We must have had it once—were blest
With peace whose phantoms yet entice.
Sorely the mother of mankind
Longed for the garden left behind;
For we still prove some yearnings blind
Inherited from Paradise.'

'Hold, heart!' I cried; 'for trouble sleeps:
I hear no sound of aught that weeps;
I will not look into thy deeps—
I am afraid, I am afraid!'
'Afraid!' she saith; 'and yet 't is true
That what man dreads he still should view—
Should do the thing he fears to do,
And storm the ghosts in ambuscade.'

'What good?' I sigh. 'Was reason meant
To straighten branches that are bent,
Or soothe an ancient discontent,
The instinct of a race dethroned?
Ah! doubly should that instinct go
Must the four rivers cease to flow,
Nor yield those rumours sweet and low
Wherewith man's life is undertoned.'

'Yet had I but the past,' she cries,
'And it was lost, I would arise
And comfort me some other wise.
But more than loss about me clings:
I am but restless with my race;
The whispers from a heavenly place,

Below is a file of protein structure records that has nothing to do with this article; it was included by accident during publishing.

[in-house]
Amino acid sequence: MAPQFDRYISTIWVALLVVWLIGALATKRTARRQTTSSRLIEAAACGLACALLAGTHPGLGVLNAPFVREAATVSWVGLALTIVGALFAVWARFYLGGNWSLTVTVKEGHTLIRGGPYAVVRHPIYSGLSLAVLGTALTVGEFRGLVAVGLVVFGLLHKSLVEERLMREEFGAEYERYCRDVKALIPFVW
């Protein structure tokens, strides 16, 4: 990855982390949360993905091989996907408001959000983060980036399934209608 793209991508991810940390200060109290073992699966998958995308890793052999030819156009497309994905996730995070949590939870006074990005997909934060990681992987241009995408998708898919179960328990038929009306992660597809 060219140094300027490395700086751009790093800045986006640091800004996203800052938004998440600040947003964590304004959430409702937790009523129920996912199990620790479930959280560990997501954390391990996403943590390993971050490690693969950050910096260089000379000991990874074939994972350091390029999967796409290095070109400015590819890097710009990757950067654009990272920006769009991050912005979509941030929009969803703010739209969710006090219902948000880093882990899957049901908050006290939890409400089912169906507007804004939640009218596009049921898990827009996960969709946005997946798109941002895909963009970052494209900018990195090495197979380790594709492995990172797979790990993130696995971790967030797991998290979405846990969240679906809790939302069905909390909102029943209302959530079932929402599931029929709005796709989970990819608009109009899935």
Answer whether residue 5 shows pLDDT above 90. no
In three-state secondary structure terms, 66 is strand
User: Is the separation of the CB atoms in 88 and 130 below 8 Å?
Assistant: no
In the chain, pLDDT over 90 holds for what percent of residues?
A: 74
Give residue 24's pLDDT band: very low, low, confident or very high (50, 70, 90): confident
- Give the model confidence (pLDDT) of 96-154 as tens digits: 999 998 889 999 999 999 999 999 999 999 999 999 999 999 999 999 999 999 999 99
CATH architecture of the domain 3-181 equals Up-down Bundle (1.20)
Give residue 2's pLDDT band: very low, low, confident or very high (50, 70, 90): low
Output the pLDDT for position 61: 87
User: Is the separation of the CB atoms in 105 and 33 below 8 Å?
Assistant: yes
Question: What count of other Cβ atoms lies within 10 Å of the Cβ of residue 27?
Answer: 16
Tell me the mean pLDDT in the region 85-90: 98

Once dropped among us, seem to chase
Rest with their prophet-visitings.

'The race is like a child, as yet
Too young for all things to be set
Plainly before him with no let
Or hindrance meet for his degree;
But ne'ertheless by much too old
Not to perceive that men withhold
More of the story than is told,
And so infer a mystery.

'If the Celestials daily fly
With messages on missions high,
And float, our masts and turrets nigh,
Conversing on Heaven's great intents;
What wonder hints of coming things,
Whereto man's hope and yearning clings,
Should drop like feathers from their wings
And give us vague presentiments?

'And as the waxing moon can take
The tidal waters in her wake
And lead them round and round to break
Obedient to her drawings dim;
So may the movements of His mind,
The first Great Father of mankind,
Affect with answering movements blind,
And draw the souls that breathe by Him.

'We had a message long ago
That like a river peace should flow,
And Eden bloom again below.
We heard, and we began to wait:
Full soon that message men forgot;
Yet waiting is their destined lot,
And waiting for they know not what
They strive with yearnings passionate.

'Regret and faith alike enchain;
There was a loss, there comes a gain;
We stand at fault betwixt the twain,
And that is veiled for which we pant.
Our lives are short, our ten times seven;
We think the councils held in heaven